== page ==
Avoiding large, heavy meals close to bedtime can prevent discomfort and indigestion that might otherwise disrupt your sleep.

Bedtime Snacks to Help You Fall Asleep

Incorporating certain foods and supplements into your diet can aid in relaxation and improve sleep. Foods rich in tryptophan, such as turkey, nuts, and seeds, can boost the production of serotonin, which the body converts into melatonin.

Magnesium and calcium are also known for their relaxing properties and can be taken as supplements or found in foods like leafy greens and dairy products. Magnesium has also been shown to decrease the time it takes to fall asleep, promote more restful sleep, and increase total sleep time (5).

Try a small serving of Greek yogurt with a sprinkle of pumpkin seeds, and a drizzle of honey. The protein in the yogurt will help stabilize blood sugar, while the vitamins and minerals in the seeds promote restful sleep.

Shop: Get the benefits of 6 functional types of magnesium in Serenease.

Daytime Activities Sets You Up for Better Nighttime Sleep

Lifestyle choices can have a profound impact on sleep quality. Here are some adjustments to consider.

Strength Training

Engaging in regular physical activity in the form of strength training can help you fall asleep faster and enjoy deeper sleep (6). Aim for at least 30 minutes of moderate exercise most days of the week, but try to schedule your workouts earlier in the day to avoid the stimulating effects of exercise on the body.

Stress Management Strategies

High stress levels are a common contributor to insomnia, especially for women between the ages of 35 and 55.

Don’t underestimate the power of stress-reducing techniques such as yoga, mindfulness, or journaling to help calm the mind and set the stage for better sleep (7). If stress is particularly overwhelming, consider seeking the support of a holistic mental health professional.

Create a Sleep-Conducive Environment

The atmosphere of your bedroom can significantly affect your ability to sleep. Make sure your sleep environment is comfortable, quiet, and free from distractions. Investing in a comfortable mattress and pillows, using blackout curtains, and keeping the room cool can create an ideal setting to help you fall asleep and stay asleep.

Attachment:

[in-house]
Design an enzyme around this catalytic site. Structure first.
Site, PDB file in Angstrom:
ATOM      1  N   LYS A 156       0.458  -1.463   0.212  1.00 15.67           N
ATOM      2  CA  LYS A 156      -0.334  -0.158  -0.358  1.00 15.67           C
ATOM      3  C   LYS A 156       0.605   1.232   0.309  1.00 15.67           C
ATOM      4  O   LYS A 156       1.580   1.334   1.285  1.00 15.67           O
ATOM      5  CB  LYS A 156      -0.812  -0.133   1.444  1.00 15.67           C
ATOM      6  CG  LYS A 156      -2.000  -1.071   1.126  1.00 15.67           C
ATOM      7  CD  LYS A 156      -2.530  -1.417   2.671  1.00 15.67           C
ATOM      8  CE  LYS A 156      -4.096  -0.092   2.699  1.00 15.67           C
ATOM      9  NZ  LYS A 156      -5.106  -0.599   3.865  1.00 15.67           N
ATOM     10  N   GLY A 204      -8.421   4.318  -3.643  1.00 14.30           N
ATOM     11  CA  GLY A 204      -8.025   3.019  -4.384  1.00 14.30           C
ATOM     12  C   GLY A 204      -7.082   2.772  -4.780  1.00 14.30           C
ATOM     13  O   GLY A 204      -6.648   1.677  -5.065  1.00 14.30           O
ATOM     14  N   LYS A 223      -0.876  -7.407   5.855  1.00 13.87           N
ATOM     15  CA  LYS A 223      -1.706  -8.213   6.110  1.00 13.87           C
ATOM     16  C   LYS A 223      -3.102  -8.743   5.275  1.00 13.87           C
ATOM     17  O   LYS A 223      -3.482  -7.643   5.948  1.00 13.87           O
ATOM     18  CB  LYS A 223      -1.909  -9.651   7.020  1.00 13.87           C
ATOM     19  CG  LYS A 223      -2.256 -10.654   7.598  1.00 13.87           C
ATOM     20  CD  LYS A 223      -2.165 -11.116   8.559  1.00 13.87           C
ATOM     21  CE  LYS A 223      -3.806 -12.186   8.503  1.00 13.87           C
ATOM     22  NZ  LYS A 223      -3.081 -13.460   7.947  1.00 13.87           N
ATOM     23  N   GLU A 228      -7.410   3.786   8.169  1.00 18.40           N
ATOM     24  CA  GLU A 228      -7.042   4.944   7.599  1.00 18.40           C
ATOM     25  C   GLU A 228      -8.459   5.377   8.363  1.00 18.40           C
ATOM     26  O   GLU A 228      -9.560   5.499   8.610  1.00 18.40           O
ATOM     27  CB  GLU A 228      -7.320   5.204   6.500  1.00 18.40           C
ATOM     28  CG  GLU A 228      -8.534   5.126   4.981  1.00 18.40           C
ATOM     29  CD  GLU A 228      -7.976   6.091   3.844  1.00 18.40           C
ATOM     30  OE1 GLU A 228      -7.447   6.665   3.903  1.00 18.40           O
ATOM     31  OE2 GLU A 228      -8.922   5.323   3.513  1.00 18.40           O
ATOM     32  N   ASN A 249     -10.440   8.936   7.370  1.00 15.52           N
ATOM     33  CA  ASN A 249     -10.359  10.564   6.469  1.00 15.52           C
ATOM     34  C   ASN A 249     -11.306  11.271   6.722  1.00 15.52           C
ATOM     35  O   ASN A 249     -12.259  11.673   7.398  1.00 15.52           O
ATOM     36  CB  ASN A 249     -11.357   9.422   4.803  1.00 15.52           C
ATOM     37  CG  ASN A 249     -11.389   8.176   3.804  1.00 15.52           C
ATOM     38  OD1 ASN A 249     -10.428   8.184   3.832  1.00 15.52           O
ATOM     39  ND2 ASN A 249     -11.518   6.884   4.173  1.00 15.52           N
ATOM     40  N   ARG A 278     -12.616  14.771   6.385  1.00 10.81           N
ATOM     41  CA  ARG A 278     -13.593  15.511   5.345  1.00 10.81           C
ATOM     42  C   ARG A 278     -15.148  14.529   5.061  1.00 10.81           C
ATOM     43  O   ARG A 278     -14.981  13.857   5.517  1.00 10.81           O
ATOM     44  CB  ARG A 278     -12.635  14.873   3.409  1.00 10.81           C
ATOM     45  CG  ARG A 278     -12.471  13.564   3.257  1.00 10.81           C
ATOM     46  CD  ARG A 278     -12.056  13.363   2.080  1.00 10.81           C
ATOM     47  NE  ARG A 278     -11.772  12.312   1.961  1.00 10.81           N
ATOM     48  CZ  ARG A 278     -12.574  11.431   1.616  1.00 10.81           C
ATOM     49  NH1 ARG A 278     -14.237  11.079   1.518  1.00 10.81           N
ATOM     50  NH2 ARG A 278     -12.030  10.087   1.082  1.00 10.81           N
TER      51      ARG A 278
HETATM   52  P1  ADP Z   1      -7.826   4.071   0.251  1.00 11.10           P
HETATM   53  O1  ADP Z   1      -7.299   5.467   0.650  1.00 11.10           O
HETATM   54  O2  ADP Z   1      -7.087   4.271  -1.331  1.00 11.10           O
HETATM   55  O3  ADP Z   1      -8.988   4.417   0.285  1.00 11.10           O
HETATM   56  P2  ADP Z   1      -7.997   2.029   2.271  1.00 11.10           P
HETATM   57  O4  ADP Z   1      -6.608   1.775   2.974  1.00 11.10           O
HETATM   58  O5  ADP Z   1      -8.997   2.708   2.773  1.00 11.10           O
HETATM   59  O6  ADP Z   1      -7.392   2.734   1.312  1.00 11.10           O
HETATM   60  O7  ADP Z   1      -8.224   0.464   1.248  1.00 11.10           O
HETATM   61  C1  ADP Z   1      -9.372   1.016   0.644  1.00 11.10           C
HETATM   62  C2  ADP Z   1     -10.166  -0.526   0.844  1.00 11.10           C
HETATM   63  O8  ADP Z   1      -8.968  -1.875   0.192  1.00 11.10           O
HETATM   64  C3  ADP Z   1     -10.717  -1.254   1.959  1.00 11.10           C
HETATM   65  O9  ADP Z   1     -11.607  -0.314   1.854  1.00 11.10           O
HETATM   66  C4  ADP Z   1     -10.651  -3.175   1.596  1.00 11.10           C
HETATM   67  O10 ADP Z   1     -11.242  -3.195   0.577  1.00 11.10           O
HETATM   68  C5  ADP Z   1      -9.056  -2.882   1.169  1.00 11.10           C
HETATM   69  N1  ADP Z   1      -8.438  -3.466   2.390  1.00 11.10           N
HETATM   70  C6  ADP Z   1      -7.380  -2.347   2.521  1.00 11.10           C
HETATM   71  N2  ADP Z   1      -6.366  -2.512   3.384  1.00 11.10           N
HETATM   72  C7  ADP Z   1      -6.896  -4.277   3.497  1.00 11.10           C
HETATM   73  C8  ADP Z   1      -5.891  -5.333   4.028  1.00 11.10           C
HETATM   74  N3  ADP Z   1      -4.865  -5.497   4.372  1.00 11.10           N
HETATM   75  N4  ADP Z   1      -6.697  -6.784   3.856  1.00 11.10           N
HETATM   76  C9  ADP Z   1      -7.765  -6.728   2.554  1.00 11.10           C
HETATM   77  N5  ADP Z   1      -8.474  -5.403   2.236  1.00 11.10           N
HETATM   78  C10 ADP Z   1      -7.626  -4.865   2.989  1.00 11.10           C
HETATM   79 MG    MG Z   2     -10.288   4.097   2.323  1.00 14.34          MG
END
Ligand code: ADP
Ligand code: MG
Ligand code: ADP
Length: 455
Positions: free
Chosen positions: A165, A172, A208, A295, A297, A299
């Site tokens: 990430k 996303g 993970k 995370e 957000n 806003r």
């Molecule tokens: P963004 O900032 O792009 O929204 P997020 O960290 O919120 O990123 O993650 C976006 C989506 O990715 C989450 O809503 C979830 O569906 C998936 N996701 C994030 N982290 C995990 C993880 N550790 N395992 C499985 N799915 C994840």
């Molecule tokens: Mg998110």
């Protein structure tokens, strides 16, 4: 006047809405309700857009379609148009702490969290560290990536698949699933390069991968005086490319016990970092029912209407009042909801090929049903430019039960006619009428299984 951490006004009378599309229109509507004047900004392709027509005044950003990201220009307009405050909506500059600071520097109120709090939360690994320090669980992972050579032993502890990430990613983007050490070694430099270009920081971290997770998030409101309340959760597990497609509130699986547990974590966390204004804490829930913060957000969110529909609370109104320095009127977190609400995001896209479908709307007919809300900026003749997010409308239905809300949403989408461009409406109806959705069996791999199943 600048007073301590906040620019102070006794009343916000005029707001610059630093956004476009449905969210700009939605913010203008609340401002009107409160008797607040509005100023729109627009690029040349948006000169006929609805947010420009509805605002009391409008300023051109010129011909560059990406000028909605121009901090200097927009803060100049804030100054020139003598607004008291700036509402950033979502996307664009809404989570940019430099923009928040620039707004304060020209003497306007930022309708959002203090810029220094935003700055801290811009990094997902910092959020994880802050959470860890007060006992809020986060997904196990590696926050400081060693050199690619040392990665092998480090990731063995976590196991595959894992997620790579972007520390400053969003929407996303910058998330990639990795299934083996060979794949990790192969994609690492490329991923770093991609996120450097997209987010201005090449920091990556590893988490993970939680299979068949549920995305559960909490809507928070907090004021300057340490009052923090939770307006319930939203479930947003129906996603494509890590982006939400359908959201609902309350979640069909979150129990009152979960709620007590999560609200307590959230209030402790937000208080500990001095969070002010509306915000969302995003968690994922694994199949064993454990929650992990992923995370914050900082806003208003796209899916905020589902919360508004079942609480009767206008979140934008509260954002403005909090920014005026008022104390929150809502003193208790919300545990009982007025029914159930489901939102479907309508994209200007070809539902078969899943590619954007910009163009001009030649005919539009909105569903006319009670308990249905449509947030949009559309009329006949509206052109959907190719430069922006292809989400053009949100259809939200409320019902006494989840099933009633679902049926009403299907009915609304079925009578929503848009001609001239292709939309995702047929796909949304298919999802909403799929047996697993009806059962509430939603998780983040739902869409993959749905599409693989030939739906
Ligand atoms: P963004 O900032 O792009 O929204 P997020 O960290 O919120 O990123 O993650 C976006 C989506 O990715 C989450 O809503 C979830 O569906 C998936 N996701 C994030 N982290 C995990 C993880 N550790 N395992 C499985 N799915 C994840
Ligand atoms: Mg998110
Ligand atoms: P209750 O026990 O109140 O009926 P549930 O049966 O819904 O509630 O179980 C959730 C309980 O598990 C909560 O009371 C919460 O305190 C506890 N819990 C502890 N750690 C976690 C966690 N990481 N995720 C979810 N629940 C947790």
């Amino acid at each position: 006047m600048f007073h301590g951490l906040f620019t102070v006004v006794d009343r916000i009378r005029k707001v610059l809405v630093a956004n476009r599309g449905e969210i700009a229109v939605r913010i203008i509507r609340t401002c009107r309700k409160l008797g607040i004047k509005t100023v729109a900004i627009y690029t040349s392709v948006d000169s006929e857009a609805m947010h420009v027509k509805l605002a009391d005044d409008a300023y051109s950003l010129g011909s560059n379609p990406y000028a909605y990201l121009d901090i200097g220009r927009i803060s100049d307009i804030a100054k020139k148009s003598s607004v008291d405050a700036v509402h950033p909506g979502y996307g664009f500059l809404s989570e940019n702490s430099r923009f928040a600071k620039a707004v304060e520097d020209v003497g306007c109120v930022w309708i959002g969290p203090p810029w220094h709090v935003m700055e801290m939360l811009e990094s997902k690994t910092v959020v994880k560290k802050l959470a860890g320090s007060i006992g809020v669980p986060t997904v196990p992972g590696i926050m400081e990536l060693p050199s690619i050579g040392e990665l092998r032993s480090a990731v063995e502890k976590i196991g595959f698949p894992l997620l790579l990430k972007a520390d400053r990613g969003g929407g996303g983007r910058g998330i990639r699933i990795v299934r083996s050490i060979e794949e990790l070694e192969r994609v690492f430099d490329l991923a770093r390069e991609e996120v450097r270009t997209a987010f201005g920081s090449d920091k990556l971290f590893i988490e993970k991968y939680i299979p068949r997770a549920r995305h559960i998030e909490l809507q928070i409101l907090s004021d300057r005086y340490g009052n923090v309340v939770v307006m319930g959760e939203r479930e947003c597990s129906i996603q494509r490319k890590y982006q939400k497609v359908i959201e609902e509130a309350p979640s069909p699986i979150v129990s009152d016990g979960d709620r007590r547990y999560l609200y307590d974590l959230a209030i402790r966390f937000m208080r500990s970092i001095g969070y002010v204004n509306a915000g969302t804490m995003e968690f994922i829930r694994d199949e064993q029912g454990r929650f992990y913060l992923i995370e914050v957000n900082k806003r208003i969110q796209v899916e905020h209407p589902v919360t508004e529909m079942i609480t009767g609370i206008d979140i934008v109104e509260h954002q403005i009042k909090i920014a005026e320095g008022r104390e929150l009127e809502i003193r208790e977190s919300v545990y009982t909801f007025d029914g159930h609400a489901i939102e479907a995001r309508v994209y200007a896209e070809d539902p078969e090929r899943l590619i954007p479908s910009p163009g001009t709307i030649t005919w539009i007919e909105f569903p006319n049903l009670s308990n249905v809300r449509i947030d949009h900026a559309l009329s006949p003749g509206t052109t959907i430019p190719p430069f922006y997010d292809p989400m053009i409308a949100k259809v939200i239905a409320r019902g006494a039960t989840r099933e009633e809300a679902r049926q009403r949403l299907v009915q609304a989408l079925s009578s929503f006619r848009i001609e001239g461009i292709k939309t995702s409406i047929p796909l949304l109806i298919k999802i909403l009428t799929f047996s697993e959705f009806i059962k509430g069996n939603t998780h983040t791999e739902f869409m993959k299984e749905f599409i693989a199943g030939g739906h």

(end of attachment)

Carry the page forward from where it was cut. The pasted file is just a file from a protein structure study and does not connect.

Avoid These Common Sleep Traps

The Nightcap

Despite the perceived drowsiness you feel after an alcohol-containing beverage, alcohol actually disrupts sleep patterns and increases your heart rate during the night, leading to a less restful sleep (8). Instead of relying on alcohol for relaxation, try incorporating other calming herbs or supplements into your bedtime routine, like magnesium glycinate, jujube extract, or magnolia bark.

Read: Get Better Rest with Magnesium

Sleeping Pills

While sleeping pills may seem like an easy solution for insomnia, they come with their own set of risks and side effects. Plus, they only provide temporary relief and do not address the underlying causes of sleeplessness.

What to Remember

Getting enough quality sleep is essential for overall health and well-being, especially during perimenopause. By making simple lifestyle adjustments, incorporating relaxation techniques, and focusing on a healthy diet, you can improve your sleep quality and wake up feeling refreshed and rejuvenated. Remember to practice consistency in your bedtime routine and make adjustments as needed to find what works best for you. Here’s to sweet dreams!